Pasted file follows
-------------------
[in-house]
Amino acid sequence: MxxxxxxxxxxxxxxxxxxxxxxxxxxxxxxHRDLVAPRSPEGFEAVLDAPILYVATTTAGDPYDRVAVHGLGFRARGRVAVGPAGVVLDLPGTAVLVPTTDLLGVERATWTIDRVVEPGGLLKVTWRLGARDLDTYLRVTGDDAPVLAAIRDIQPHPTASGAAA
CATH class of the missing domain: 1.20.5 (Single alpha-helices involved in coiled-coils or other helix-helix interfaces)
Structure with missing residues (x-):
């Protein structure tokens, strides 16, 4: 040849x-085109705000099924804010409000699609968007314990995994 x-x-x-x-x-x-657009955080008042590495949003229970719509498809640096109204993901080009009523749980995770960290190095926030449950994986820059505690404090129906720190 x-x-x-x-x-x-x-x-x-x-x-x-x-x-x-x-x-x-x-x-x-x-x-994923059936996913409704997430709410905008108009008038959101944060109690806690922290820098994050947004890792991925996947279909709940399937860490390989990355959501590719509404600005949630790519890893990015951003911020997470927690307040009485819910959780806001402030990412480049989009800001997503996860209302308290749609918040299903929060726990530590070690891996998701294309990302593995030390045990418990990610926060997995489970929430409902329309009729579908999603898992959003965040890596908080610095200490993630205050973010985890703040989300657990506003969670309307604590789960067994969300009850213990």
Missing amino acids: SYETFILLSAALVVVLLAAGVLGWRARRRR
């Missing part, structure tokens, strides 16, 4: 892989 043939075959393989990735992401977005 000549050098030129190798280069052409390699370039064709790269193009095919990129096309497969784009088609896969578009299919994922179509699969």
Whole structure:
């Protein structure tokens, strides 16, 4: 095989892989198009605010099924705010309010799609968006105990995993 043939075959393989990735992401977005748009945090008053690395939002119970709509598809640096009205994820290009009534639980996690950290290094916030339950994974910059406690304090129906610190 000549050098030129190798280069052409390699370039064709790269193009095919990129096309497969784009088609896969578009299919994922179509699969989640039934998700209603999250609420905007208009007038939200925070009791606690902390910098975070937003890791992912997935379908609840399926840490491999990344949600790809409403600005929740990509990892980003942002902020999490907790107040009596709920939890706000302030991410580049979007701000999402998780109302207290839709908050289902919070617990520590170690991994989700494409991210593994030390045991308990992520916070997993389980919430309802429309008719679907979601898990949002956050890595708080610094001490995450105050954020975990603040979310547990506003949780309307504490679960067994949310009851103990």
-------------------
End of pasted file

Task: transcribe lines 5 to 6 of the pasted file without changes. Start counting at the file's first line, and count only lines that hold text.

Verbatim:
């Protein structure tokens, strides 16, 4: 040849x-085109705000099924804010409000699609968007314990995994 x-x-x-x-x-x-657009955080008042590495949003229970719509498809640096109204993901080009009523749980995770960290190095926030449950994986820059505690404090129906720190 x-x-x-x-x-x-x-x-x-x-x-x-x-x-x-x-x-x-x-x-x-x-x-994923059936996913409704997430709410905008108009008038959101944060109690806690922290820098994050947004890792991925996947279909709940399937860490390989990355959501590719509404600005949630790519890893990015951003911020997470927690307040009485819910959780806001402030990412480049989009800001997503996860209302308290749609918040299903929060726990530590070690891996998701294309990302593995030390045990418990990610926060997995489970929430409902329309009729579908999603898992959003965040890596908080610095200490993630205050973010985890703040989300657990506003969670309307604590789960067994969300009850213990």
Missing amino acids: SYETFILLSAALVVVLLAAGVLGWRARRRR